[Read more session reports from the WSIS Forum 2018]
The session was moderated by Dr Anuradha Rao from the National University of Singapore, Singapore, and addressed policies, priorities, and challenges of the digital divide across the countries of the world.
Mr Masahiko Tominaga, vice-minister for policy coordination and international affairs at the Ministry of internal affairs and communications in Japan, started by affirming that the Japanese government subsidised both local governments and the operators. Their priority is to have everyone connected at an affordable price. Offering broadband with high speed connections enables people to profit from the new values of information and communication technology (ICT).
The moderator asked Mr Jaromír Novák, chairman of the Council of the Czech Telecommunication Office, what the priorities were to foster innovation in the Czech Republic, and what experiences he had had in bridging digital divides. Novák affirmed that his country wanted to repeat with 5G the success they had had with the implementation of 4G. In addition, he explained how they are producing smart boxes to collect data and prevent cyber-attacks. Also this collected data will serve the next innovation steps. Concerning the digital divide, according to Novák, they have had good experience in focusing on teaching senior citizens how to use smartphones, how to protect themselves, and their rights towards operators. They want to extent this project to young people.
Rao requested Dr Alison Gillwald, executive director for Research ICT Africa, based in South Africa, to explain whether they are using the right indicators to measure the progress of ICTs towards the 2030 targets, and to talk about digital inequality. Gillwald responded firstly by affirming that they are systematically collecting data for public policy on the continent. She noted that the digital divide is based on connectivity and focused on the need for infrastructure. However, what they have seen with the Internet is that inequality remains, beyond connectivity. There is a digital paradox that the more people are connected, the more they demand higher services, increasing inequality. Gillward questioned how to address the fact that across the global south, we do not have a precise idea of where we are in terms of the digital divide or digital inequality, or how far we have gotten in terms of meeting the sustainable development goals (SDGs). We are unable to say how many women, men, children, or members of the rural population are connected. The real challenges are on the demand side. The real factors of inequality are education and income.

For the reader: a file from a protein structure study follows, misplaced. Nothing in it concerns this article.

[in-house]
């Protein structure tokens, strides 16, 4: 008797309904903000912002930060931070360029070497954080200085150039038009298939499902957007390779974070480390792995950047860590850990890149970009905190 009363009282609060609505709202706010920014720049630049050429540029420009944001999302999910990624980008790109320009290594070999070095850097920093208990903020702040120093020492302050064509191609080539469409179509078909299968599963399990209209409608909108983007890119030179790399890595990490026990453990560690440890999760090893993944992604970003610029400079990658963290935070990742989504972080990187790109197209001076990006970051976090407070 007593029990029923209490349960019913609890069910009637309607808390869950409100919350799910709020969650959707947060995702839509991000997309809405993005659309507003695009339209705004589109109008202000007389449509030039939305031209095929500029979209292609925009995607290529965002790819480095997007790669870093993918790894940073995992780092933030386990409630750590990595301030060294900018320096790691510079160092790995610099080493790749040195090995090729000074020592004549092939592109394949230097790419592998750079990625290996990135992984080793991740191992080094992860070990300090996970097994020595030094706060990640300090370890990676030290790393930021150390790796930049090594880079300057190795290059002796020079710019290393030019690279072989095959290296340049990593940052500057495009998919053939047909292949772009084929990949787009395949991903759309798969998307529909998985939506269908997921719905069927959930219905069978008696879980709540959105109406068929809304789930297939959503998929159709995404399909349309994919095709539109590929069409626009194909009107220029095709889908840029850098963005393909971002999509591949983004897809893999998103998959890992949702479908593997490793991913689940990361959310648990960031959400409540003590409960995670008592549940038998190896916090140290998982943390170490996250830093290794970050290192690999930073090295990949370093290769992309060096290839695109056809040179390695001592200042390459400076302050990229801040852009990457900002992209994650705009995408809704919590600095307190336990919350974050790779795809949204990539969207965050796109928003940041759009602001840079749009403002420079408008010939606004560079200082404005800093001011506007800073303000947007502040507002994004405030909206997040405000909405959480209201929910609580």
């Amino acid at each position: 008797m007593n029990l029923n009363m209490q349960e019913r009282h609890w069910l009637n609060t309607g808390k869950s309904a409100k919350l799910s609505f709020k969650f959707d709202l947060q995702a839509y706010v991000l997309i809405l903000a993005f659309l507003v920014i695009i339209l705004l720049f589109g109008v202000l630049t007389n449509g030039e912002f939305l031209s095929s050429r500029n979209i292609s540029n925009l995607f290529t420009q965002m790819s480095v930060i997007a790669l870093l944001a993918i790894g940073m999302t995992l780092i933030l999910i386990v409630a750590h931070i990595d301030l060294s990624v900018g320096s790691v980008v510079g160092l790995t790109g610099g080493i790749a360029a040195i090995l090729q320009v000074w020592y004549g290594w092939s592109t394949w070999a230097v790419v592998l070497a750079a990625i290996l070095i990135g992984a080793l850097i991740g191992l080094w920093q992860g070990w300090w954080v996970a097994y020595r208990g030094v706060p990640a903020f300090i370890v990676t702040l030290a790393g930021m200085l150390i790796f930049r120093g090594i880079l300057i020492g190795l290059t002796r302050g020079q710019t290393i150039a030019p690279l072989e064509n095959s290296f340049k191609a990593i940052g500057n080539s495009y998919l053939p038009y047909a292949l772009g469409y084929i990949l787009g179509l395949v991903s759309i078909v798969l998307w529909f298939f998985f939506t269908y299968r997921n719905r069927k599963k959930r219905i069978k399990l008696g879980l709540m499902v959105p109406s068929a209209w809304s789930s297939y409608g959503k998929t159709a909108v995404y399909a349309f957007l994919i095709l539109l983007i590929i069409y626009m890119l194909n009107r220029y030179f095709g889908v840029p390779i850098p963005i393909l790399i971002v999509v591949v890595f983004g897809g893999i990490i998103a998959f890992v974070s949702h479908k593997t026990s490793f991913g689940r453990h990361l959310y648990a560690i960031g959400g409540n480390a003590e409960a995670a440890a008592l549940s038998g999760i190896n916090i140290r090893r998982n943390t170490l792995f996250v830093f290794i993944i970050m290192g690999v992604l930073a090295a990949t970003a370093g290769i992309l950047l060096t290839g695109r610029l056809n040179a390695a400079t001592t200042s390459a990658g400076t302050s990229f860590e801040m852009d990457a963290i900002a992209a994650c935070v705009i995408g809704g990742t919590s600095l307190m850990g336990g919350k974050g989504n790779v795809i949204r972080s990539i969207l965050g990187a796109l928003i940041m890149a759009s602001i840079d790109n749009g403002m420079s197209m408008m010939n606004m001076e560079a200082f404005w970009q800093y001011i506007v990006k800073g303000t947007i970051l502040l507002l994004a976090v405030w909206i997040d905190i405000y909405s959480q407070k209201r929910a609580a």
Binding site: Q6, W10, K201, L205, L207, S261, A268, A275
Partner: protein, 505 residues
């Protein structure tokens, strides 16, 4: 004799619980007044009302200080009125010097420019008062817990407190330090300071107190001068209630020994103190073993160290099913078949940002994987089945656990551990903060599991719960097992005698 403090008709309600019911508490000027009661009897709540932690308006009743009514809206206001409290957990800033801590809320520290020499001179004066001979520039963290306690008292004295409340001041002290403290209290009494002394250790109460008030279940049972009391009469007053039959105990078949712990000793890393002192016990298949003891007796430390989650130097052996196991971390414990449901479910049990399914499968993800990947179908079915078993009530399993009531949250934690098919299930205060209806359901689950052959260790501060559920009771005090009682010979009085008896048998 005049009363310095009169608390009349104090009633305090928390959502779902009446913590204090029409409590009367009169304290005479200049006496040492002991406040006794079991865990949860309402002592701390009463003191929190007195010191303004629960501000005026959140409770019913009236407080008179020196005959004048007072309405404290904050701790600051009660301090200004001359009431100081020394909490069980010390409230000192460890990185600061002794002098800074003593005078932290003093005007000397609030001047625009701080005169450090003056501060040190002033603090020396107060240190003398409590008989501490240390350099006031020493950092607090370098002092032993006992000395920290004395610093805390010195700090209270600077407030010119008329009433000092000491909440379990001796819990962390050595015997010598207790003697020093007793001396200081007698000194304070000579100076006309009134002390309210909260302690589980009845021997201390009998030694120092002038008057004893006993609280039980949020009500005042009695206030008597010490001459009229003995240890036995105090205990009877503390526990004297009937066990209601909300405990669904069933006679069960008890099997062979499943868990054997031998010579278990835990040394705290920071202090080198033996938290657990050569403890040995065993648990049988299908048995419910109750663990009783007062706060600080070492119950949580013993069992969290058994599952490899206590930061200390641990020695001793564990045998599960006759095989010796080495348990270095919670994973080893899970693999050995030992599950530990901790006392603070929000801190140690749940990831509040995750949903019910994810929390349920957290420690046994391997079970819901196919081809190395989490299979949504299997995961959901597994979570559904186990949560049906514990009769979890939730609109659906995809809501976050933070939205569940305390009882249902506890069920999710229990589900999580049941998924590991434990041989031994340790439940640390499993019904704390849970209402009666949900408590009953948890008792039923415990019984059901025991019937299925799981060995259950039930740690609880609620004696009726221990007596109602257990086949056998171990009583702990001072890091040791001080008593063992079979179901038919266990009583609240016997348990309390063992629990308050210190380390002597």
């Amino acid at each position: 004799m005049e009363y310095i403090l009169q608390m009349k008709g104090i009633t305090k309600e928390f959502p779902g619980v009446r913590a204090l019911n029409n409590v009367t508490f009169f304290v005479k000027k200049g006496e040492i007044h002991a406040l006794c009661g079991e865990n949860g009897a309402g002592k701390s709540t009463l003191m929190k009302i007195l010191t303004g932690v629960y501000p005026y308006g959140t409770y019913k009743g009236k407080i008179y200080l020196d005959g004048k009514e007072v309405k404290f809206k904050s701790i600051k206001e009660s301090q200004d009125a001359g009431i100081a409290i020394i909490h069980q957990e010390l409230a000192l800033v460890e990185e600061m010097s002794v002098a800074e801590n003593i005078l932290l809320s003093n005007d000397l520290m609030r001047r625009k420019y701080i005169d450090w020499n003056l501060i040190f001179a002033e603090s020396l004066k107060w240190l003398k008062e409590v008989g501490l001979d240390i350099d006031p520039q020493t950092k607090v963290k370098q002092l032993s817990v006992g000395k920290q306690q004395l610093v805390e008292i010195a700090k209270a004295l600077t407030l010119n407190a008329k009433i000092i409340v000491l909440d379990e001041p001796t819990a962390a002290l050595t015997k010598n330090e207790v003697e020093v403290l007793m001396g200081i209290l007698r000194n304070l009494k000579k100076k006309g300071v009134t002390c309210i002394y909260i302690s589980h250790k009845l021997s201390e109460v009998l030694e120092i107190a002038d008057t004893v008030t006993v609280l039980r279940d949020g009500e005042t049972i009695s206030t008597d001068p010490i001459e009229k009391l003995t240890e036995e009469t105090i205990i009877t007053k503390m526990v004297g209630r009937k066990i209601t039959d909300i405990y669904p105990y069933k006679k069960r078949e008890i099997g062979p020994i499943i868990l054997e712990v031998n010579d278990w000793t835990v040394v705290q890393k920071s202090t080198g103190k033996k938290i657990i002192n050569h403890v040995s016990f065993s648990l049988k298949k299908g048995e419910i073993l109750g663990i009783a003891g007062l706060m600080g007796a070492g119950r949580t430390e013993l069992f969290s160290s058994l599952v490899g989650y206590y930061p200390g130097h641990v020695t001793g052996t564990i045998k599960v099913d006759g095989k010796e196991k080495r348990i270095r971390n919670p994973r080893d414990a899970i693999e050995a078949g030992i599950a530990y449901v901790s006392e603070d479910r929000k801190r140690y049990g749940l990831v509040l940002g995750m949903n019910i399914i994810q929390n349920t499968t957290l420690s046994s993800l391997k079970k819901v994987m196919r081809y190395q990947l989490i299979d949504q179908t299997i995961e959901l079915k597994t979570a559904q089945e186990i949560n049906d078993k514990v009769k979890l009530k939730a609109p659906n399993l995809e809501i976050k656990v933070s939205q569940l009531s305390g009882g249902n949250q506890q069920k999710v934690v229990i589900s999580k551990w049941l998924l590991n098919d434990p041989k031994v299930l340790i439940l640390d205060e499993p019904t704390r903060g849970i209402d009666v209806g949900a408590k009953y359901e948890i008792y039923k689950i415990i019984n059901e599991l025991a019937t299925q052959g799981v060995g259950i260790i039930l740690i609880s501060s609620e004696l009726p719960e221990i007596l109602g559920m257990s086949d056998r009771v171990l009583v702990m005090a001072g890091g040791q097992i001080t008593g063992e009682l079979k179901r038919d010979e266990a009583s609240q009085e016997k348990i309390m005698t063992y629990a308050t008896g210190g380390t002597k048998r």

Rao asked Mr Cliff Schmidt, founder and executive director of Amplio, USA, whether attempts to bridge the digital divide can in fact do harm to the most vulnerable families, and how ICT can marginalise groups. Schmidt claimed that the digital divide can in fact be bigger when different actors think it is becoming smaller. He gave a few examples, including the provision of a health promotion service by text message. In this case, public and private actors are reaching firstly people who are literate. Schmidt wondered what could be done. The ITU, the World Health Organization, and his organisation Amplio are partners together in working on reducing the digital divide in most rural areas. They do not rely on most marginalised people having access to the technology or education that the broader population has.
Mr Aleph Molinari, president of Fundación Proacceso, Mexico, responded to two different questions: what are the challenges and opportunities he had faced in implementing a digital inclusion project in Mexico, and what is the next step to bridge the digital divide. Molinari stated that the main challenge in Mexico was infrastructure. The second was connectivity, especially in the rural areas. And the third was the need to improve more intersectionality.
Dr Cosmas Zavazava, chief of department for projects and knowledge management in the Telecommunication Development Bureau of the International Telecommunication Union (ITU), addressed the concept of the digital divide. Traditionally the digital divide has been defined in terms of connectivity. However, skills and uses of technology have to be taken into account when one talks about the digital divide. Use includes affordability. In addition, in developing countries, the education level is quite limited and the skills to use ICTs are also limited. In terms of capacity building, all these aspects should be taken into consideration.
By Ana Corrêa